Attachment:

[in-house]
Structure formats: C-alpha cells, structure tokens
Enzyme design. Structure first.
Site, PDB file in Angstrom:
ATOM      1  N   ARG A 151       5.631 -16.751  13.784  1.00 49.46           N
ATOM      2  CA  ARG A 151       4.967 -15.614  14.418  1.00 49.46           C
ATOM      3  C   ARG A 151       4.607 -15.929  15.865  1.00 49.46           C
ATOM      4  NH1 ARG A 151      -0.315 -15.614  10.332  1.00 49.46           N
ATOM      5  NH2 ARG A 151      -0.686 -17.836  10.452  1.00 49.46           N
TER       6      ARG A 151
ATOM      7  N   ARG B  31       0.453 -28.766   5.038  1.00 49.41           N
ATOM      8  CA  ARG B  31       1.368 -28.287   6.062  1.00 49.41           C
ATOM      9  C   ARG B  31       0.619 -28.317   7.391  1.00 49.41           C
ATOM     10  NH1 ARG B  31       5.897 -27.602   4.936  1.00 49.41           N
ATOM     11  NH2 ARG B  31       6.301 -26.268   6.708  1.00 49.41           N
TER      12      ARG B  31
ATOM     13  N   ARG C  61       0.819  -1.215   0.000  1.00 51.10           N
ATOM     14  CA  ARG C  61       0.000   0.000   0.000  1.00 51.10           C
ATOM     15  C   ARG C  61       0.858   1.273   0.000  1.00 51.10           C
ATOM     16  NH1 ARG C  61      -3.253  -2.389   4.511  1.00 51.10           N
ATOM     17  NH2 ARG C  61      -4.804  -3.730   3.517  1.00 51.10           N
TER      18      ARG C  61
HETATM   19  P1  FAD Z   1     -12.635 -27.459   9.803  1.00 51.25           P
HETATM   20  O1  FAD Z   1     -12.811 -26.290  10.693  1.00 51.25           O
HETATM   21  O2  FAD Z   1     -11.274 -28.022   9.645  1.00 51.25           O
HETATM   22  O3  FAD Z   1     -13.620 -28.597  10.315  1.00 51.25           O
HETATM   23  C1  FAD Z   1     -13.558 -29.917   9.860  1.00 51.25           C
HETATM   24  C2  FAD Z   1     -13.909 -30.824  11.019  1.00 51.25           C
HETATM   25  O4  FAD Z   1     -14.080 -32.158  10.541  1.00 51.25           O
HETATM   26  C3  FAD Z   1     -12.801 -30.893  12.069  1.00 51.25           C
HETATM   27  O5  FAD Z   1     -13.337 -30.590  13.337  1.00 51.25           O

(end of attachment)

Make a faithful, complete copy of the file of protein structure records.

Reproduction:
[in-house]
Structure formats: C-alpha cells, structure tokens
Enzyme design. Structure first.
Site, PDB file in Angstrom:
ATOM      1  N   ARG A 151       5.631 -16.751  13.784  1.00 49.46           N
ATOM      2  CA  ARG A 151       4.967 -15.614  14.418  1.00 49.46           C
ATOM      3  C   ARG A 151       4.607 -15.929  15.865  1.00 49.46           C
ATOM      4  NH1 ARG A 151      -0.315 -15.614  10.332  1.00 49.46           N
ATOM      5  NH2 ARG A 151      -0.686 -17.836  10.452  1.00 49.46           N
TER       6      ARG A 151
ATOM      7  N   ARG B  31       0.453 -28.766   5.038  1.00 49.41           N
ATOM      8  CA  ARG B  31       1.368 -28.287   6.062  1.00 49.41           C
ATOM      9  C   ARG B  31       0.619 -28.317   7.391  1.00 49.41           C
ATOM     10  NH1 ARG B  31       5.897 -27.602   4.936  1.00 49.41           N
ATOM     11  NH2 ARG B  31       6.301 -26.268   6.708  1.00 49.41           N
TER      12      ARG B  31
ATOM     13  N   ARG C  61       0.819  -1.215   0.000  1.00 51.10           N
ATOM     14  CA  ARG C  61       0.000   0.000   0.000  1.00 51.10           C
ATOM     15  C   ARG C  61       0.858   1.273   0.000  1.00 51.10           C
ATOM     16  NH1 ARG C  61      -3.253  -2.389   4.511  1.00 51.10           N
ATOM     17  NH2 ARG C  61      -4.804  -3.730   3.517  1.00 51.10           N
TER      18      ARG C  61
HETATM   19  P1  FAD Z   1     -12.635 -27.459   9.803  1.00 51.25           P
HETATM   20  O1  FAD Z   1     -12.811 -26.290  10.693  1.00 51.25           O
HETATM   21  O2  FAD Z   1     -11.274 -28.022   9.645  1.00 51.25           O
HETATM   22  O3  FAD Z   1     -13.620 -28.597  10.315  1.00 51.25           O
HETATM   23  C1  FAD Z   1     -13.558 -29.917   9.860  1.00 51.25           C
HETATM   24  C2  FAD Z   1     -13.909 -30.824  11.019  1.00 51.25           C
HETATM   25  O4  FAD Z   1     -14.080 -32.158  10.541  1.00 51.25           O
HETATM   26  C3  FAD Z   1     -12.801 -30.893  12.069  1.00 51.25           C
HETATM   27  O5  FAD Z   1     -13.337 -30.590  13.337  1.00 51.25           O